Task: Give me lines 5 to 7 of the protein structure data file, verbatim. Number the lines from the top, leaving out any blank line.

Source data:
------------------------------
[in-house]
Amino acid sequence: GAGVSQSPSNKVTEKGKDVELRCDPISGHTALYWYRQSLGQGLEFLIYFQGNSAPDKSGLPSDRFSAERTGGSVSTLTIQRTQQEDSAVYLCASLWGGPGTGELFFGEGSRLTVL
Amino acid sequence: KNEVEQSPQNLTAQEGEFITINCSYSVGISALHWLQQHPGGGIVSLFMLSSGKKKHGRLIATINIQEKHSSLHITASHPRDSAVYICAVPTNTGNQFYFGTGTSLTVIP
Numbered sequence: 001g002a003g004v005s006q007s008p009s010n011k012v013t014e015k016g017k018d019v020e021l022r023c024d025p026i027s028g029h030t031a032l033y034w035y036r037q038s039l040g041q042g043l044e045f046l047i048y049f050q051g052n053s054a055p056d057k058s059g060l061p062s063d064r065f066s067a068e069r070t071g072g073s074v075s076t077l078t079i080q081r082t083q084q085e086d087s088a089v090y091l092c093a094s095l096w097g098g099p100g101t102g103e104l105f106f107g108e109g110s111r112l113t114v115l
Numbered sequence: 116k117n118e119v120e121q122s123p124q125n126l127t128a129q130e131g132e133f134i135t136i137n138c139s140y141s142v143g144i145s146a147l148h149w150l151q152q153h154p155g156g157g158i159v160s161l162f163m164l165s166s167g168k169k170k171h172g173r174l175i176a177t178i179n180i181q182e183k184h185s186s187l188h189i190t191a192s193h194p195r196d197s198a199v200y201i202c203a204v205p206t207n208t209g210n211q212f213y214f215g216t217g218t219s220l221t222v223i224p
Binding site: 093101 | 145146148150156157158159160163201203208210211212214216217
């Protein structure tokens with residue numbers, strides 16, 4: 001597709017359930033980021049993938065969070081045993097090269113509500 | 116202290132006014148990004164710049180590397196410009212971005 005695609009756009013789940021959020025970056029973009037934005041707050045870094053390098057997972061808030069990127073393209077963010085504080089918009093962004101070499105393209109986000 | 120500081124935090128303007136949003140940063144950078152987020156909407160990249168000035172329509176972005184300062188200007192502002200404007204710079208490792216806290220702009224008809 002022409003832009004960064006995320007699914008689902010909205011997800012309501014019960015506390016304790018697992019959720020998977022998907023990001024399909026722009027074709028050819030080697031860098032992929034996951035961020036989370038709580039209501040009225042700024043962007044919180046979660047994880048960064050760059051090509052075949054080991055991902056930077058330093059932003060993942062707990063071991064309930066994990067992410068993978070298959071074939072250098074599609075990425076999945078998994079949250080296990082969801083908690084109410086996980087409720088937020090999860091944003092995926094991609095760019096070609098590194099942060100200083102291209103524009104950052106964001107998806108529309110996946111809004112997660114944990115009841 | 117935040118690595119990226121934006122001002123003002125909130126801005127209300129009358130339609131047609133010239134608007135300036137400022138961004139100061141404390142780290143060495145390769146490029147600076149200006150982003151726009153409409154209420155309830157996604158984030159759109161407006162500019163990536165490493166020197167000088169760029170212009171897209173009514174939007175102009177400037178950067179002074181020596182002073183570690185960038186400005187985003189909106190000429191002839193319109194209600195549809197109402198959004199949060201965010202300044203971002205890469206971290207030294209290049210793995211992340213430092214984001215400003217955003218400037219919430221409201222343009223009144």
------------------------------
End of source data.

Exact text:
Numbered sequence: 116k117n118e119v120e121q122s123p124q125n126l127t128a129q130e131g132e133f134i135t136i137n138c139s140y141s142v143g144i145s146a147l148h149w150l151q152q153h154p155g156g157g158i159v160s161l162f163m164l165s166s167g168k169k170k171h172g173r174l175i176a177t178i179n180i181q182e183k184h185s186s187l188h189i190t191a192s193h194p195r196d197s198a199v200y201i202c203a204v205p206t207n208t209g210n211q212f213y214f215g216t217g218t219s220l221t222v223i224p
Binding site: 093101 | 145146148150156157158159160163201203208210211212214216217
């Protein structure tokens with residue numbers, strides 16, 4: 001597709017359930033980021049993938065969070081045993097090269113509500 | 116202290132006014148990004164710049180590397196410009212971005 005695609009756009013789940021959020025970056029973009037934005041707050045870094053390098057997972061808030069990127073393209077963010085504080089918009093962004101070499105393209109986000 | 120500081124935090128303007136949003140940063144950078152987020156909407160990249168000035172329509176972005184300062188200007192502002200404007204710079208490792216806290220702009224008809 002022409003832009004960064006995320007699914008689902010909205011997800012309501014019960015506390016304790018697992019959720020998977022998907023990001024399909026722009027074709028050819030080697031860098032992929034996951035961020036989370038709580039209501040009225042700024043962007044919180046979660047994880048960064050760059051090509052075949054080991055991902056930077058330093059932003060993942062707990063071991064309930066994990067992410068993978070298959071074939072250098074599609075990425076999945078998994079949250080296990082969801083908690084109410086996980087409720088937020090999860091944003092995926094991609095760019096070609098590194099942060100200083102291209103524009104950052106964001107998806108529309110996946111809004112997660114944990115009841 | 117935040118690595119990226121934006122001002123003002125909130126801005127209300129009358130339609131047609133010239134608007135300036137400022138961004139100061141404390142780290143060495145390769146490029147600076149200006150982003151726009153409409154209420155309830157996604158984030159759109161407006162500019163990536165490493166020197167000088169760029170212009171897209173009514174939007175102009177400037178950067179002074181020596182002073183570690185960038186400005187985003189909106190000429191002839193319109194209600195549809197109402198959004199949060201965010202300044203971002205890469206971290207030294209290049210793995211992340213430092214984001215400003217955003218400037219919430221409201222343009223009144």